Sean Brown : List of problems regarding the portrayals... (note: not saying a sword is better, but that these aren't proper tests): (note: I'm pulling my criticisms from actual experience, my own training, experience with fencing, HEMA research/recreations, consultations of treatises/fechtbucher such as MS I.33 and others, formal education, and other academics works on both arms and armor and medieval warfare. I will admit, however, that my knowledge of spear and polearm dueling is limited) (note: spears and swords were both battlefield weapons but had different purposes. A sword, mostly, was foremost a personal defense weapon on the battlefield, whereas the spear was primarily a massed infantry weapon. A sword was typically a last ditch personal weapon used when all other weapons were gone and spears were normally used in troop formations) Let's get to it. Overall comments: Firstly, these are touch tests, not combat tests. A person doesn't die on the battlefield because a tip of a weapon touches them. A person must close in to get past the armor (whether that's gambeson, mail, or other) in order to kill and the blow has to be landed either forcefully or into the gaps of armor (consequently, mature plate armor had little to no gaps). In fact, man-on-man combat in armor wasn't over until you could get through the other person's armor which meant, many times, the combat came down to wrestling. This is why many fechtbuch incorporate wrestling techniques (aikido-like or judo-like maneuvers), why European wrestling sports descended from medieval combat (Glima) have judo-like hip throws, and why koryu (battlefield) Japanese martial arts still practiced today in some traditions incorporate standing wrestling maneuvers. The opponent was often killed with a dagger/misericorde with strikes between plates and gaps in armor while on the ground, usually, if they couldn't be finished off with primary attacks and primary weapons. Spear vs. one-handed sword: A knight/soldier without a shield fighting on foot has use of his other empty hand, which could be used to grab and immobilize a spear -- a straight-forward and low risk maneuver. Once inside the spearman's guard, the spear is no longer useful for defense and completely incapable of offense, so it's merely a matter of putting the sword to work. This test would only be partially realistic if both combatants were unarmored. Regardless, none of the sword techniques here are historical techniques that could be potentially useful against spears. Spear vs. sword and buckler: Too many issues to comment on (one issue being the use of the buckler. Bucklers were used to protect the hands during a sword strike, not to deflect blows). If these were armored combatants, then it's again fairly straight-forward to get inside the spearman's guard. If they are unarmored, this display is a bit more realistic, but the swordsman might have more tools at their disposal using historical technique than the modern made-up Amtgard-styled/LARP (from what it seems) technique shown. Spear vs. Dagger: A dagger, even in modern martial art systems, is a poor dueling weapon. A dagger's only advantage is against an unarmed and unarmored opponent in close-quarters. Since the spearman is armed and has the range of a spear, then the dagger-fighter is outclassed completely. Armored dagger-wielding opponents would have an easier time as they can immobilize the spear with their free hand and rely on their armor to protect them (which is the purpose of armor). Daggers are notoriously difficult to defend against in close-quarters both with historical technique and in modern combat systems. The dagger's almost complete superiority in close-quarter combat is also its greatest disadvantage -- getting in close is difficult! Additionally, daggers aren't swords. Long swords vs spear: Again... touch rules, jeebus! Not a good test. Regardless, let me look at what was actually done. Flailing is not effective in any version of reality so I'll skip the first person. Second guy seems to be experienced but he's using mordhau technique (striking with the crossguard and pommel) and that is really only useful against plate armor or another sword, not a spear. So, again, poor demonstrations. Long-swords are probably the most effective sword type to use against a spear because you can sweep the spear aside like the sword is a shield. The spear is no longer useful in defense or offense after being pushed aside and the swordsman is then within the spearman's guard. Likewise, you can half-sword either in the mordhau position or in the normal non-inverted position to -- again -- push aside the spear. Half-swording gives you additional leverage to manipulate the spear. Shields vs spear: This is largely accurate. A shield is merely armor (among other things). A shield is very analogous to historical body armor because, like armor, it's more difficult or impossible to get through with a glancing blow. Armored, you simply move inside the spearman's guard and allow the armor to do its job in protecting you. You can use the shield as your armor or adapt your sword to be your shield with the same effect (dagger notwithstanding because a dagger is inferior against almost any weapon in a duel including a spear). Spear wall vs. swordsmen: As noted before, the spear is an infantry weapon, if we are talking battlefields - this is the spear's purpose and strength. Swords are a personal defense weapon of last resort (typically) on the battlefield (alternatively, swords were a mounted weapon but, in the medieval period, the primary non-lance horseman weapon were hand-axes, military picks/hammers, and sometimes small flails with the sword being a backup cavalry weapon). Spear is going to win because you are using the spear in the role it is both suited to and meant for and using a sword in an infantry role it is not suited to and not meant for. Historical comments: The reason why ancient Greek heroes are noted with spears is because the spear was THE primary weapon of the soldier (phalanx) and probably also THE weapon of the warrior. Swords were seen as secondary weapons (as swords were seen in the Middle Ages also). Modern people see the sword through the lens of romanticism and a sort of revisionist history. While knights typically always carried swords for personal defense, a knight in the Middle Ages probably saw his primary weapon as either a lance, mace/pick, or horseman's axe. The sword itself was probably seen simultaneously as 1) a valuable personal defense weapon, 2) a status symbol, and 3) a weapon of chivalry (because the guards and hilt resemble a Christian Cross). Since the worldview of the Middle Ages was predominantly Christian in a very profound way (in a way that's difficult for us to imagine today), the sword remained important in a way that more ancient societies didn't think of it. The weapon of the rank-and-file medieval soldier was not the sword but a polearm of some sort (which included spears) -- not because polearms were better -- but because polearms were inexpensive. Either your friendly neighborhood blacksmith could make you a spearhead of mild iron and you could fashion that into a spear or your could take your pitchfork and put it on a longer pole to march off to war. Closing thoughts: The question of whether a spear or sword is the better weapon is equivocal and lacks clarity. Asking that question is not asking in whaich context (infantry formation or duel). In an infantry formation, the spear typically (read: almost always) wins. In a duel, where self-defense characteristics of a weapon are more important, the sword is efficient in many ways a spear isn't: 1) a sword can be utilized in defense and offense at almost any range of combat (the spear can only be utilized at long range), 2) the leverage of the sword can be used more effectively (shorter length as opposed to the spear's longer and therefore less effective use of leverage), 3) and a sword can be utilized as both armor and weapon depending on the technique used whereas the spear is only offensive with almost no protective capabilities whatsoever. Real answer: All that matters is skill and context. Take an unskilled spearman and a skilled swordsman in a duel, the swordsman will probably win. Likewise, an unskilled swordsman would lose against a skilled spearman in a duel. In a battlefield and massed infantry situation, a line of skilled swordsman will probably lose to an equally skilled phalanx. The fact is that swords were generally outmoded when plate armor came to be. Picks, hammers, and maces can deal with plate armor more effectively. Axes are decent against plate armor. Swords cannot penetrate plate armor and can only impart blunt-force trauma against mail (swords cannot pierce mail easily). Why did they stick around then? One answer is culture, but that is not the full answer. Swords also stuck around in other cultures (Japan) when heavy styles of armor came into use and swords became largely ineffective against those styles of armor. Swords, however, have excellent self-defense characteristics because 1) they are effective against unarmored opponents, 2) can be used both defensively as a shield-like device and offensively (thrusting between plate armor) almost at any range of combat 3) can be used as a lever to aid in wrestling, and, in the Western tradition, can even hammer on plate armor with a mordhau technique, and 4) is a serviceable cavalry weapon. No other weapon is this versatile, useful, and still retains killing power.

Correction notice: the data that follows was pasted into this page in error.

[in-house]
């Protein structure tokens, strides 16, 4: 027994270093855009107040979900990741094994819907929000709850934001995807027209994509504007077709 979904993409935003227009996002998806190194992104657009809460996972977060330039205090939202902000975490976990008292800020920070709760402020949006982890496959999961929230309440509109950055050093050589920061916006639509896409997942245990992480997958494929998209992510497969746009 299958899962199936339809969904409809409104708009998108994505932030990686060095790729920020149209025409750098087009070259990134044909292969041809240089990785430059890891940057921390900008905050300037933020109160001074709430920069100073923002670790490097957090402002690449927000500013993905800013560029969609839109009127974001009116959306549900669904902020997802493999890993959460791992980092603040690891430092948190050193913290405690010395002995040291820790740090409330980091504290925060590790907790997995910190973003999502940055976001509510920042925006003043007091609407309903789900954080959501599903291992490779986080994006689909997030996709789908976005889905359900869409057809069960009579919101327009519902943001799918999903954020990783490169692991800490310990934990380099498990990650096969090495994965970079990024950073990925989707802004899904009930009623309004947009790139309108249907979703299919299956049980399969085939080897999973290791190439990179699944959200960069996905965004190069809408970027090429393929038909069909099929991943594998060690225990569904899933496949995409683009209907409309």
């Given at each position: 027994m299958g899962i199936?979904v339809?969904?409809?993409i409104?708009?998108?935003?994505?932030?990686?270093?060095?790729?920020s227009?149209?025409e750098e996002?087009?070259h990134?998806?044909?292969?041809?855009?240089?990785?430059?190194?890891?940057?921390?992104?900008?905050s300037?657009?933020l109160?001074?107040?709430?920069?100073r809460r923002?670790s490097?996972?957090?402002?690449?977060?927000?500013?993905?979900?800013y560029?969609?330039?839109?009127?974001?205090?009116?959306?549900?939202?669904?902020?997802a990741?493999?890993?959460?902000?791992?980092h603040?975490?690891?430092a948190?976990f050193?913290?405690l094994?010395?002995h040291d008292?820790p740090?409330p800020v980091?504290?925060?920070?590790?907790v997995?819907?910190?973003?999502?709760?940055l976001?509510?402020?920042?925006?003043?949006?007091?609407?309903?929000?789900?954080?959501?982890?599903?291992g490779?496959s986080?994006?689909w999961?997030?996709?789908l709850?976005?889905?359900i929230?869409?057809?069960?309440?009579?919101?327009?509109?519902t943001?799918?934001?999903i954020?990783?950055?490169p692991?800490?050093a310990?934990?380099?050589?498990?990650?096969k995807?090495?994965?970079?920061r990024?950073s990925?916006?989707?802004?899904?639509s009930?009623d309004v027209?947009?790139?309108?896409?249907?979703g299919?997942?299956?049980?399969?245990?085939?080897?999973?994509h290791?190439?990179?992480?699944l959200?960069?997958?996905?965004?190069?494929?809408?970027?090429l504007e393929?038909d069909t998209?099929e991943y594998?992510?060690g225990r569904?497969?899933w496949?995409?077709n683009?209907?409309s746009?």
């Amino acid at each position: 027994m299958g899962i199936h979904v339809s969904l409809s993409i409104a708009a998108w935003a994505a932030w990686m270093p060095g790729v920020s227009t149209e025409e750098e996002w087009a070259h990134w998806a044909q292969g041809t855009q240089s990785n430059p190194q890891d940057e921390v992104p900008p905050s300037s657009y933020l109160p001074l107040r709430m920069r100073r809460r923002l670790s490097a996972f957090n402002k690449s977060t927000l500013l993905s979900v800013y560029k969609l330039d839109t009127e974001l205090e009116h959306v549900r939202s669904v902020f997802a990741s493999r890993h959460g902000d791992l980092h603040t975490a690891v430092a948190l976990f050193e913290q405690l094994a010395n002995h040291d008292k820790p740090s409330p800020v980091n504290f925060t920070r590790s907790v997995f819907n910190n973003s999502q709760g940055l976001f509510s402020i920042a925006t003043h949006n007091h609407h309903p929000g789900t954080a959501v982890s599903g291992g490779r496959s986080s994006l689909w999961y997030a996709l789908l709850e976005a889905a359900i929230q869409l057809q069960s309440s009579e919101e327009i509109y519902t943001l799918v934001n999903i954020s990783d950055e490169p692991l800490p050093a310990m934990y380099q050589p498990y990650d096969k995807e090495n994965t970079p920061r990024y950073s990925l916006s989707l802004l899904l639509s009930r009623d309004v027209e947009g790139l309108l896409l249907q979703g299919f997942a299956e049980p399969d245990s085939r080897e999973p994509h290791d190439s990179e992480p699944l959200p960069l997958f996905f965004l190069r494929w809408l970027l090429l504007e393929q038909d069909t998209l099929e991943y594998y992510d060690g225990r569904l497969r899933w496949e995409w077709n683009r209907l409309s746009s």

RearAdmiralTootToot : They say "give him a shield" and they give him a helmet for a shield lol Two inexperienced guys pretend fighting out in the open isn't the same as fight in forced close quarters be it, surrounded by tons of people, or inside buildings etc. But environment aside, bottomline is there's a reason why the short sword was the preferred gladiator weapon. There's a reason why samurai chose to sword over the yari in most cases. Once the swordsman perry's, the spearman is finished. The flimsy fake weapons here aren't allowing the swordsman to smash the spear far off or even cut it off. they just wobble bounce and the spearman can quickly counter which is unrealistic.

Havok Arts : And we still use the spear today, as a bayonet that also ejects projectiles.

xFuzzzyGames : Wasn't the reason for the use of spears through most of history that it was easy to use? You could take an untrained farmer, give him a spear and tell him to stick the pointy end in people and they would be a lot more effective than they would be with a sword.

Bob Johnson : “What a man might lack in style he can make up for in extreme violence.” -lindybiege 2018

Luke Townley : One comment that was missed, was the use of a spear as a projectile; that if a spearman is confronting a swodsman with sheild; before the spearman goes for his sword - he can throw his spear at his opponent.

Johannes Dolch : I don't get it. Spearman can't move because of imaginary phalanx restrictions but the swordsman can just completely ignore this phalanx ?

Parthian Capitalist : Metatron should react to this

maxsmodels : Force projection matters...even if it is only a foot or so extra.

Honest M'aiq : Spears penetrate better than swords. They're longer and thicker. And some of them even have black finishes.

Carl Brittain : I want to learn how to use a guandao.

berber1871 : Please creative assembly look at this video and stop thinking spearmen is just to counter cavalery.

antilles27 : What we need here is a full on pike phalanx four lines deep and the swordsmen have to attack face on to account for the imaginary line of battle.

Rosa : so in this scenario scabbards dont exist and real humans behave like video game npcs instead of trying to kill each other in a war. wow. it's truly amazing how far a british accent can take you

nGon- : This is waaay better than football commentary